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Osha report condemns forensic science centre
Conditions at the Forensic Science Centre in Federation Park, Port-of-Spain, do not conform with international guidelines under the Occupational Safety and Health (OSH) Act, says a report by local Osha officials. Examples of this include inadequate body storage facilities, limited work space in the post-mortem room, the absence of a separate viewing facility for families and relatives; and the use of furniture and fittings not designed for use in a post-mortem room.
The report was compiled by Osha’s safety and health inspectors who visited the centre three times in October 2012 It was handed to the centre’s director, Arlette Lewis, on November 19, but it was only within recent weeks that a handful of employees were made aware of the report. Osha officials said once the report was received, the identified breaches of the act must be addressed within 14 days in writing.
“This should indicate the corrective measures and the time frame in which they will be implemented,” the report said. “Based on the inspections and the identified issues, the mitigation of risk in the mortuary is of primary concern.” But disgruntled employees told the T&T Guardian that although almost four months had passed, nothing had been done to improve the centre.
Findings of the report
• inadequate ventilation systems in the post-mortem room
• no exhaust ventilation for the dilution of formaldehyde for the use of the pathology department, although it is known to be carcinogenic (cancer-causing)
• mould in the cupboards of the DNA department because of humidity
• inadequate ventilation in the photocopying room and rest area of the pathology department, because of a malfunctioning air-conditioning unit.
Chemical storage and handling:
• chemicals not labelled adequately in the chemical storage room
• empty hazardous-chemical bottles in the old mortuary room
• procedures for handling of chemicals inadequate
• no first-aid kit or emergency shower and an inadequate eyewash station in the post-mortem room
• no evidence of training on general fire safety and the use of firefighting equipment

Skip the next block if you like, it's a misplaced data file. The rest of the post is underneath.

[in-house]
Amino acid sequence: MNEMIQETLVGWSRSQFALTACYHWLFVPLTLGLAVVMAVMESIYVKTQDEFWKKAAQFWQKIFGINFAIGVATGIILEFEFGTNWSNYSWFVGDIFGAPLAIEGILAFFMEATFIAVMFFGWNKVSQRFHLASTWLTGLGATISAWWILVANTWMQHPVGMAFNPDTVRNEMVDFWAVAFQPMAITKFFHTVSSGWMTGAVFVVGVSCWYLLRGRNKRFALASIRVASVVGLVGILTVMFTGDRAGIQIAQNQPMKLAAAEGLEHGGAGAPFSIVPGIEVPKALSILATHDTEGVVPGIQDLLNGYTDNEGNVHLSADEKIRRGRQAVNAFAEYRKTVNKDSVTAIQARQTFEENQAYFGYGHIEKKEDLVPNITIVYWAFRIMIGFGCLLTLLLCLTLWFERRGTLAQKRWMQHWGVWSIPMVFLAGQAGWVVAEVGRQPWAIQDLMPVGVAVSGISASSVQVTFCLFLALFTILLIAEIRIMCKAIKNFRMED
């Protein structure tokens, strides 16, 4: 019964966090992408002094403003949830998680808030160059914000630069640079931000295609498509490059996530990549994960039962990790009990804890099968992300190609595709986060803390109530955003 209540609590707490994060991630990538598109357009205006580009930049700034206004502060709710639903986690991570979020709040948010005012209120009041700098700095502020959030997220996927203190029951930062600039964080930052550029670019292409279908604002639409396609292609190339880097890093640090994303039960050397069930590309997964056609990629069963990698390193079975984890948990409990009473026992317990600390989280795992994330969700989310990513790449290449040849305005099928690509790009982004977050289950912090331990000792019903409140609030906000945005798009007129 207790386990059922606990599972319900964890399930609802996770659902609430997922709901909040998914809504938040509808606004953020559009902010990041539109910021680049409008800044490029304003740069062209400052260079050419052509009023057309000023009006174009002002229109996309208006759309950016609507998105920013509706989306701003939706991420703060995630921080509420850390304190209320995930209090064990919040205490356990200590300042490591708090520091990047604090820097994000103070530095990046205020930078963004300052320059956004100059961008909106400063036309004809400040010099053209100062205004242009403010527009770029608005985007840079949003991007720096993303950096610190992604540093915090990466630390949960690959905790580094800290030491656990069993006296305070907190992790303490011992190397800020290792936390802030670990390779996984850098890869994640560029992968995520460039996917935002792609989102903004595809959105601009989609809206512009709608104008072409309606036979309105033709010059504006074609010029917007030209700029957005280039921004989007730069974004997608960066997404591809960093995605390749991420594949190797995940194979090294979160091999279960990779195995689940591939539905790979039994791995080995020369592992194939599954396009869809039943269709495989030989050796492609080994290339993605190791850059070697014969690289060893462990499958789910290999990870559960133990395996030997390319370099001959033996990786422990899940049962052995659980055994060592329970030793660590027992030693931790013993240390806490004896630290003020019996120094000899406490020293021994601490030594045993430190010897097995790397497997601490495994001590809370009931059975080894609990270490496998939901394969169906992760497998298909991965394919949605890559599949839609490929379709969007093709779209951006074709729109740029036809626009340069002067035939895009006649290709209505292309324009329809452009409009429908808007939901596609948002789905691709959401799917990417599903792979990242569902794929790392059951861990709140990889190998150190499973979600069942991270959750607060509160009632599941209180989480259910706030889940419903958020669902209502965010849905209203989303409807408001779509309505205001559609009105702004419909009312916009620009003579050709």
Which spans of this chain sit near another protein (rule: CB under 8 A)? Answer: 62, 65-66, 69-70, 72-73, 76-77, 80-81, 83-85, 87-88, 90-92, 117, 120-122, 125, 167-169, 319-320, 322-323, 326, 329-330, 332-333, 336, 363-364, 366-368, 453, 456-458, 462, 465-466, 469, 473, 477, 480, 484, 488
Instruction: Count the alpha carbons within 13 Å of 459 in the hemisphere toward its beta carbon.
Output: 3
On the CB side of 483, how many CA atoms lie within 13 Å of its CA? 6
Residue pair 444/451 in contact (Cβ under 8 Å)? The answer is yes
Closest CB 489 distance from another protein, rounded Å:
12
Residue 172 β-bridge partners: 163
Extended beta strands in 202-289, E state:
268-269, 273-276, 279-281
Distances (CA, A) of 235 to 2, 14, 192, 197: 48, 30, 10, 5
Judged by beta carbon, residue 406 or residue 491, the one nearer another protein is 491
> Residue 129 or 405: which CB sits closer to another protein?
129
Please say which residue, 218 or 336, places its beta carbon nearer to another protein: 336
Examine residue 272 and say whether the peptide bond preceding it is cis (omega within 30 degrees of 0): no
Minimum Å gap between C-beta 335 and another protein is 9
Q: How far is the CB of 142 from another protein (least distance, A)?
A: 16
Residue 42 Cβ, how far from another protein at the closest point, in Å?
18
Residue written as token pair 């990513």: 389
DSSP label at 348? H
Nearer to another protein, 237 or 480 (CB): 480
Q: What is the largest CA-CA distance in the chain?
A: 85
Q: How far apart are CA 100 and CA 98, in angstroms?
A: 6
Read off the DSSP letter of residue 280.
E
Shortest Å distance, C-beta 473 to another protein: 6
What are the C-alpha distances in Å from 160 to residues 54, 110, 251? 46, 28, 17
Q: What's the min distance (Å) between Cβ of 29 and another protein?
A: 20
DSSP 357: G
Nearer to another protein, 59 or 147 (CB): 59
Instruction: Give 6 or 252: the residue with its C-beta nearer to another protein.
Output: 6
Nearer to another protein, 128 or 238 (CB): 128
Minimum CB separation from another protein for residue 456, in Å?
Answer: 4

• inadequate storage of human remains such as bones and tissue samples
• bone repository and separate storage area needed for tissue samples
• general housekeeping and storage of files, boxes and other items required for various jobs also needed to be improved throughout the building.
• boxes stacked to the ceiling in the biology department impeded access and egress routes
• one spill kit on the second floor and for use by all departments. Each department that used hazardous chemicals should have an individual spill kit.
• no safety signs in high-risk areas such as the pathology department.
Situation must be addressed
Forensic pathologist Dr Valery Alexandrov, who has been working at the centre for almost five years, said he was concerned by the findings of the report and urged the Government to immediately address the situation. He said during that time there was no improvement at the pathology department. “The only improvement done was through my initiative,” Alexandrov said.
“I offered solutions for unidentified bodies, how to store the bones properly but I got no response from the adminstration. “We were given one camera for the pathology department and I took money out of my own pocket and spent about US$3,000 and bought two additional cameras to ensure evidence was properly documented.”
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